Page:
Sanford, Brannon, McCrory, nuttiness
Following up on the Bob Pittenger crazy, we bring you more crazy from the gentlemen we have chosen to represent us in the halls of buildings with columns (and one who wants to).
The Mark Sanford crazy. Via BuzzFeed, Sanford tells us that the fall government shutdown was not a shutdown. It was merely labeled as such.
I am going to exercise a truly heroic degree of restraint here and steer away from Rep. Sanford’s own problems with publicly misidentifying things while conceding that he has, in the most general sense, a point. The government didn’t shut down entirely. People could still drive on the roads and fly on planes and get Social Security checks, so it wasn’t really a “shutdown,” just as government setting up new rules and guidelines for private health insurers does not constitute a “government takeover of health care.”
The Greg Brannon crazy, his default mode. The tea party U.S. Senate candidate says Planned Parenthood erects a slippery slope toward infanticide of children as old as three months. He bases this on God knows what; Mother Jones has a theory, but it’s just as likely he consulted the chiroptera fluttering around in his head.
Brannon and Thom Tillis are now tied in the polls for the GOP primary in two months.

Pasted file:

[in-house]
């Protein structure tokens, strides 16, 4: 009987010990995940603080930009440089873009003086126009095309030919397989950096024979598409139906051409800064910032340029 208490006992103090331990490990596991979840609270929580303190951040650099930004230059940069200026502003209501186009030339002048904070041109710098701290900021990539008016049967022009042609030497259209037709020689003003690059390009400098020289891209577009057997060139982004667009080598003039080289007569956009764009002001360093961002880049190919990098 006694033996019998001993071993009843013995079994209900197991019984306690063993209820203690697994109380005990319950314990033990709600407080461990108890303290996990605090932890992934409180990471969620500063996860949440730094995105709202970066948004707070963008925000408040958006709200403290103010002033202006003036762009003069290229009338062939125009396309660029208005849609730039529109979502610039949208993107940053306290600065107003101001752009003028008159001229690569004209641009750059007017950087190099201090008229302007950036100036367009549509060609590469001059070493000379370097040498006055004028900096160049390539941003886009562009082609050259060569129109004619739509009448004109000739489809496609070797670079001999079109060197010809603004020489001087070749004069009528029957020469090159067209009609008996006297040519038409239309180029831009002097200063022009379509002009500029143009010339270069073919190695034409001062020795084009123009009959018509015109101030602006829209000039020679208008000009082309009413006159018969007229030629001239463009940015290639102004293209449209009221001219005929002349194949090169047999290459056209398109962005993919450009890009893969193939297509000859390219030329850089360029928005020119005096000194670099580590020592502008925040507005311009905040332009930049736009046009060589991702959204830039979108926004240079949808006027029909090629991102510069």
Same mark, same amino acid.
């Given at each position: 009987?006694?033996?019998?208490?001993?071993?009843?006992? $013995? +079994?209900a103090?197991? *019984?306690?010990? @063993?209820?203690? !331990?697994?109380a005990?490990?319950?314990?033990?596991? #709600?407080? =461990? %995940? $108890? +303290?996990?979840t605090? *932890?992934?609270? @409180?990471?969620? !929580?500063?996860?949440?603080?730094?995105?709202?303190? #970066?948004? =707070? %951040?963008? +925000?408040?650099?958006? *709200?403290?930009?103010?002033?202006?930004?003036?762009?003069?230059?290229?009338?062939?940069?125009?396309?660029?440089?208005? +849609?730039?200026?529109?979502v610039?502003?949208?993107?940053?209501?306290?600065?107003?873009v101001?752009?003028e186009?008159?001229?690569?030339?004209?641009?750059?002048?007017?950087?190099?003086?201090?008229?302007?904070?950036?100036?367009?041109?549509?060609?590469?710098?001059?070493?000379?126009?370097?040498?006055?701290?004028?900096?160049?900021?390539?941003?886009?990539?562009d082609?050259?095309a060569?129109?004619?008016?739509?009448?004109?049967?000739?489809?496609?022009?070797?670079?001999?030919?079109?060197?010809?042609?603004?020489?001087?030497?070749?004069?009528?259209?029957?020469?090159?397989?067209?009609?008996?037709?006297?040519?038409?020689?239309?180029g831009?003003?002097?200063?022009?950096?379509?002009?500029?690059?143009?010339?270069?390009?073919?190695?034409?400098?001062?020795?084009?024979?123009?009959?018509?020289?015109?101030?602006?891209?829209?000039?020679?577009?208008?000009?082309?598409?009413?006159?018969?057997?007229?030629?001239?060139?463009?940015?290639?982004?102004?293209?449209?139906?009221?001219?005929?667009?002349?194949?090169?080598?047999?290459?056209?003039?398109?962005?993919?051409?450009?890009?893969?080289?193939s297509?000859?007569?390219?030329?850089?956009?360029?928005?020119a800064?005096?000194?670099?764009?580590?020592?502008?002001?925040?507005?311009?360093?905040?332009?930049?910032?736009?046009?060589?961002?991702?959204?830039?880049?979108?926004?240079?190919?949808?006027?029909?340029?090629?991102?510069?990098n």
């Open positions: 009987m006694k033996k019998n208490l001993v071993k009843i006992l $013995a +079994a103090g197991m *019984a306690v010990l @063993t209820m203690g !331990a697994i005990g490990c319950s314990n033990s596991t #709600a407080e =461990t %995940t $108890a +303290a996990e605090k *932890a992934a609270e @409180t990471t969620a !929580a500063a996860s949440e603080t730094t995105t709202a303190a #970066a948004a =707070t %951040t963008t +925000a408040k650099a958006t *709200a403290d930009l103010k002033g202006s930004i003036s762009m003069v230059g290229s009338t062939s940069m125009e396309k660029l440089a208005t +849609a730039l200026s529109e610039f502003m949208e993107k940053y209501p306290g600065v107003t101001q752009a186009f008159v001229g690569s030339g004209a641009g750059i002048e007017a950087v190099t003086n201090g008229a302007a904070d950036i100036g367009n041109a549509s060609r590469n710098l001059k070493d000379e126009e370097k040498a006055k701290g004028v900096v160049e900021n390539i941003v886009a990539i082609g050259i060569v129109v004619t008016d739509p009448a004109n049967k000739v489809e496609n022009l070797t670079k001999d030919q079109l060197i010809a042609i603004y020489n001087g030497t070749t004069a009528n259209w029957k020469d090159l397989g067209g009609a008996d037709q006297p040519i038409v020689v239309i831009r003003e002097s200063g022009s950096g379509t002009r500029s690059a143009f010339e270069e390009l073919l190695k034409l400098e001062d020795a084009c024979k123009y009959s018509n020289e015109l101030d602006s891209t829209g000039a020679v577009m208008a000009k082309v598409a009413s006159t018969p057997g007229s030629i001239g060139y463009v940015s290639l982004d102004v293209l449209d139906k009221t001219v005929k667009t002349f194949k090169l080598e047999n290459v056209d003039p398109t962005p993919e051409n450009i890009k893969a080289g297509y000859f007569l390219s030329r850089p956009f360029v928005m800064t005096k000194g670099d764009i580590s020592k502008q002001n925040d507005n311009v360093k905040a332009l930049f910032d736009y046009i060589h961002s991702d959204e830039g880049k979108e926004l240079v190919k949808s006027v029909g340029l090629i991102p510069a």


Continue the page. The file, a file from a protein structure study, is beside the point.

The Pat McCrory crazy, featuring a textbook example of psychological projection.
From the Observer:
Gov. Pat McCrory criticized Attorney General Roy Cooper’s office on Wednesday, suggesting Cooper was politicizing the cleanup of Duke Energy’s coal ash spill on the Dan River last month …
McCrory said the attorney general’s office shouldn’t comment on the situation while authorities are still trying to get to the bottom of what happened.
McCrory, a former Duke employee, said he would let the N.C. Utilities Commission decide financial matters on the cleanup. The governor appoints the members of the commission.
“You make decisions based on data and research, not based on politics,” he said. “What we don’t need to do is have every politician get in the details of that, because they are not themselves going through the complex study that this engineering and environmental issue deserves.”
Asked if that was a reference to Cooper, McCrory replied: “I frankly think it’s inappropriate for that office to comment on this because they are involved in the process both past, present and future.”
McCrory worked for Duke Energy for 28 years.
Self-awareness is not the man’s strong suit. If McCrory and his appointees had made their decisions based on data and research, those coal ash ponds on Mountain Island Lake would be in lined landfills by now instead of piled above the water we drink.